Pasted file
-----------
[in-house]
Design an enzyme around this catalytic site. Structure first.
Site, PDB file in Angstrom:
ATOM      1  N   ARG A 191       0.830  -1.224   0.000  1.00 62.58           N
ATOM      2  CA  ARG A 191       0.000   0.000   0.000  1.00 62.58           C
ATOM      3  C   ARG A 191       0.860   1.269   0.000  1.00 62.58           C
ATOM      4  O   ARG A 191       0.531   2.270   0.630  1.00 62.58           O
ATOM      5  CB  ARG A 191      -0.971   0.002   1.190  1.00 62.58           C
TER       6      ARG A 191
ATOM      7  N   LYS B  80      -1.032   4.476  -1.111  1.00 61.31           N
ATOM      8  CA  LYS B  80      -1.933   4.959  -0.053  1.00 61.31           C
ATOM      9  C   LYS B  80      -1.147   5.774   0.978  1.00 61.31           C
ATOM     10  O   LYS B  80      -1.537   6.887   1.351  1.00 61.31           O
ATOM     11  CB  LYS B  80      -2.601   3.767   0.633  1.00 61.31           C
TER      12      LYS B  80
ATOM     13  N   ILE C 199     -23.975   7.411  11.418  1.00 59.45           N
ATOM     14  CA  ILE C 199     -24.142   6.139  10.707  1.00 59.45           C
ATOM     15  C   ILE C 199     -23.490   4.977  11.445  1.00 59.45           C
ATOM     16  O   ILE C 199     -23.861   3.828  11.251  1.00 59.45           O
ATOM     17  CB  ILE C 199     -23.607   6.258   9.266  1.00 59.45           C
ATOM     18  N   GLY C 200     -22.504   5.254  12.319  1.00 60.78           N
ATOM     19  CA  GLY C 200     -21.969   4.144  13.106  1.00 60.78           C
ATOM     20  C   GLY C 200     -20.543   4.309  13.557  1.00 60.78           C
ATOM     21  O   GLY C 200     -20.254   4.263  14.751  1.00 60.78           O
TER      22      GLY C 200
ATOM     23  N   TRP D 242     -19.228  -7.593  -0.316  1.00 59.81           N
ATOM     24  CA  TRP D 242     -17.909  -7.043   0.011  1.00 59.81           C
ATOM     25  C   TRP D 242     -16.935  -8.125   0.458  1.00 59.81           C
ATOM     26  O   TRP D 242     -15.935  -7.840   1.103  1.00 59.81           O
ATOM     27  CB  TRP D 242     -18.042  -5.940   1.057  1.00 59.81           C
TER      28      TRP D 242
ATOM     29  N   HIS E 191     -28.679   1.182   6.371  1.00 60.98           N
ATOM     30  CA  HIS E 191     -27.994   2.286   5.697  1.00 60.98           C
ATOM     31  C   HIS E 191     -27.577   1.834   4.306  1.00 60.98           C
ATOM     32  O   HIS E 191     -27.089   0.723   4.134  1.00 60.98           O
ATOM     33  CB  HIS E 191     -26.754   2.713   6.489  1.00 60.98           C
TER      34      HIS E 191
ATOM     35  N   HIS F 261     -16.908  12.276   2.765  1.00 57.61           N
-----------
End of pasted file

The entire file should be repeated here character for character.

[in-house]
Design an enzyme around this catalytic site. Structure first.
Site, PDB file in Angstrom:
ATOM      1  N   ARG A 191       0.830  -1.224   0.000  1.00 62.58           N
ATOM      2  CA  ARG A 191       0.000   0.000   0.000  1.00 62.58           C
ATOM      3  C   ARG A 191       0.860   1.269   0.000  1.00 62.58           C
ATOM      4  O   ARG A 191       0.531   2.270   0.630  1.00 62.58           O
ATOM      5  CB  ARG A 191      -0.971   0.002   1.190  1.00 62.58           C
TER       6      ARG A 191
ATOM      7  N   LYS B  80      -1.032   4.476  -1.111  1.00 61.31           N
ATOM      8  CA  LYS B  80      -1.933   4.959  -0.053  1.00 61.31           C
ATOM      9  C   LYS B  80      -1.147   5.774   0.978  1.00 61.31           C
ATOM     10  O   LYS B  80      -1.537   6.887   1.351  1.00 61.31           O
ATOM     11  CB  LYS B  80      -2.601   3.767   0.633  1.00 61.31           C
TER      12      LYS B  80
ATOM     13  N   ILE C 199     -23.975   7.411  11.418  1.00 59.45           N
ATOM     14  CA  ILE C 199     -24.142   6.139  10.707  1.00 59.45           C
ATOM     15  C   ILE C 199     -23.490   4.977  11.445  1.00 59.45           C
ATOM     16  O   ILE C 199     -23.861   3.828  11.251  1.00 59.45           O
ATOM     17  CB  ILE C 199     -23.607   6.258   9.266  1.00 59.45           C
ATOM     18  N   GLY C 200     -22.504   5.254  12.319  1.00 60.78           N
ATOM     19  CA  GLY C 200     -21.969   4.144  13.106  1.00 60.78           C
ATOM     20  C   GLY C 200     -20.543   4.309  13.557  1.00 60.78           C
ATOM     21  O   GLY C 200     -20.254   4.263  14.751  1.00 60.78           O
TER      22      GLY C 200
ATOM     23  N   TRP D 242     -19.228  -7.593  -0.316  1.00 59.81           N
ATOM     24  CA  TRP D 242     -17.909  -7.043   0.011  1.00 59.81           C
ATOM     25  C   TRP D 242     -16.935  -8.125   0.458  1.00 59.81           C
ATOM     26  O   TRP D 242     -15.935  -7.840   1.103  1.00 59.81           O
ATOM     27  CB  TRP D 242     -18.042  -5.940   1.057  1.00 59.81           C
TER      28      TRP D 242
ATOM     29  N   HIS E 191     -28.679   1.182   6.371  1.00 60.98           N
ATOM     30  CA  HIS E 191     -27.994   2.286   5.697  1.00 60.98           C
ATOM     31  C   HIS E 191     -27.577   1.834   4.306  1.00 60.98           C
ATOM     32  O   HIS E 191     -27.089   0.723   4.134  1.00 60.98           O
ATOM     33  CB  HIS E 191     -26.754   2.713   6.489  1.00 60.98           C
TER      34      HIS E 191
ATOM     35  N   HIS F 261     -16.908  12.276   2.765  1.00 57.61           N